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Mercury levels have risen to 16 times the regional “background” levels in an area around oilsands developments in northeastern Alberta, according to Environment Canada researchers.
Environment Canada researcher Jane Kirk, who presented the as-yet unpublished report at a Society of Environmental Toxicology and Chemistry (SETAC) conference in Nashville last November, told Postmedia News the affected area encompasses 19,000 square kilometres around oilsands operations.
Margaret Munro of Postmedia News reports that Kirk told the conference the area is “currently impacted by airborne Hg (mercury) emissions originating from oilsands developments.”
The mercury levels fall off gradually with increasing distance from the oilsands “like a bull’s eye,” said co-researcher Derek Muir, head of Environment Canada’s ecosystem contaminants dynamics section. The highest mercury loadings, which reached up to 1,000 nanograms per square metre, were found in the “middle of the bull’s eye,” covering around 10 percent of the impacted area.
In October, Environment Minister Leona Aglukkaq signed a global treaty pledging to decrease mercury emissions.
The federal researchers stressed that the findings were still lower than mercury levels found in southern Ontario and southern Quebec, where toxins from incinerators and coal-burning power plants are affecting the environment.
But the scientists said that mercury is “the number one concern” when looking at toxins released by oilsands production, with “indications that the toxin is building up in some of the region’s wildlife.” The contamination is further worrying to environmental groups and First Nations concerned about the oilsands’ impact on fishing, hunting and wildlife.
Environment Canada wildlife scientist Craig Herbert told the toxicology conference that the eggs of several species of waterbirds downstream of the oilsands have been showing increasing levels of mercury, with levels found in the majority of Caspian Tern eggs in 2012 exceeding “the lower toxicity threshold.”
Kirk’s team measured contaminants in cores of the snowpack collected from over 100 sites near the oilsands every March, to calculate how much pollution enters the ecosystem at spring melt after gathering in snow over winter.
The team’s 2011 results confirmed that “aerial loadings” of 13 priority pollutant elements including mercury were 13 to 15 times higher at sites within 50 km of the upgraders that convert bitumen into synthetic crude oil, and “highest within 10 km of the upgraders,” according to the presentation abstract.
The results “support earlier findings that the bitumen upgraders and local Oil Sands development are sources of airborne emissions to the Alberta Oil Sands Region.”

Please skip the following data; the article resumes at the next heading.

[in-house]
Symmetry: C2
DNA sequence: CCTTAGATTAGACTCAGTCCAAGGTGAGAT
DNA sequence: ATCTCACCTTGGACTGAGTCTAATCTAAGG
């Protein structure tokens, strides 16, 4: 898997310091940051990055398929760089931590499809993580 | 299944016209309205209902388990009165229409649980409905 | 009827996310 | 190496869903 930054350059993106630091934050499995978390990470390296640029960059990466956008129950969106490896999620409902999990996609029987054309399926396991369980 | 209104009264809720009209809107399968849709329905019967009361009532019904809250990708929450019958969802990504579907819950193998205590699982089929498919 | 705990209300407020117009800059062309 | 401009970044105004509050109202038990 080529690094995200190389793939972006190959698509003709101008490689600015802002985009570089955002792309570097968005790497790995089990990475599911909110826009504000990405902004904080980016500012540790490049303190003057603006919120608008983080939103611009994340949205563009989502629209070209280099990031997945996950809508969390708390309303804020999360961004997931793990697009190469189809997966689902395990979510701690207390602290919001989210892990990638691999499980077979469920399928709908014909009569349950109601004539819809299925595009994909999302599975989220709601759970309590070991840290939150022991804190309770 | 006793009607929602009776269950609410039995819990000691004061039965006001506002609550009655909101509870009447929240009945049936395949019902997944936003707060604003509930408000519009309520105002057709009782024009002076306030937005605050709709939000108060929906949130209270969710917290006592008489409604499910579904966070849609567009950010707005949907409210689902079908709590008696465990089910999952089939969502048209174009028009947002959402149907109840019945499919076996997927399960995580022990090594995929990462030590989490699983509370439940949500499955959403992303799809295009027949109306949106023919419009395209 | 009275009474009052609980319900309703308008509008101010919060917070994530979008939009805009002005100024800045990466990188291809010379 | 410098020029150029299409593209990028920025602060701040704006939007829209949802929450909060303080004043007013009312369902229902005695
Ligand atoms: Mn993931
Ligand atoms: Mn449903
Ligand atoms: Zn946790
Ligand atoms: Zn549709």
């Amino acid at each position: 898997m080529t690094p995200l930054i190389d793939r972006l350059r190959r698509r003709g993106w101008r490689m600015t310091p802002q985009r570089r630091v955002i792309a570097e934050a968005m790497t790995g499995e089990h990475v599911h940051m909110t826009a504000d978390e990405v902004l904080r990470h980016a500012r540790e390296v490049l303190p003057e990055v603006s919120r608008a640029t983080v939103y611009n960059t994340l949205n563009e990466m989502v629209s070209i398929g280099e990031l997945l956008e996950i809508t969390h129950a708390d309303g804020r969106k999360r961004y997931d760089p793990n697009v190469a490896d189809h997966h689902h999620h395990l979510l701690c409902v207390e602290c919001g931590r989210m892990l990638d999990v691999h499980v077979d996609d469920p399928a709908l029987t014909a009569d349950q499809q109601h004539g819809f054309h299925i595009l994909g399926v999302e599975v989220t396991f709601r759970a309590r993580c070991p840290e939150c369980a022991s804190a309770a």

The researchers also found up to 19 nanograms of methyl mercury per square metre near oilsands sites, which is 16 times the region’s background level. Postmedia News reports that this is the first finding of this more toxic form of mercury in snow. The finding is significant because, as the abstract explains, “methyl mercury is a neurotoxin that bioaccumulates through foodwebs.”
“Here we have a direct source of methyl mercury being emitted in this region and deposited to the landscapes and water bodies,” Kirk told Postmedia News. “So come snowmelt that methyl mercury is now going to enter lakes and rivers where potentially it could be taken up directly by organisms and then bioaccumulated and biomagnified though food webs.”
Muir said that microbes in the snow could be converting mercury into methyl mercury, or that it could be coming from “dust and land disturbances,” though there is currently no data to support this.
“To our knowledge, emissions data from blowing dusts due to various landscape disturbances (open pit mines, exposed coke piles, new roads, etc.) and volatilization from tailing ponds are not publicly available,” the researchers said.
The research shows that zinc, nickel and vanadium levels in lake sediments peaked in the 1990s following oilsands development, but have fallen off since, which Kirk attributes to “improvements in the air pollution catcher technology at the upgraders.”
But levels of mercury and other “crustal elements” in lake sediments have been “going up more or less continually” with the expansion of the oilsands, said Muir, with open pit mines and coke piles possibly contributing to the pollution.
The fact remains that more research is required on why mercury levels are going up and the impact it’s having on ecosystems.
“Is it affecting fish levels and is it going to result in increasing fish consumption advisories? We don’t know,” said Kirk.
But Environment Canada’s latest results only confirm the need to further study and address the serious impacts of oilsands development.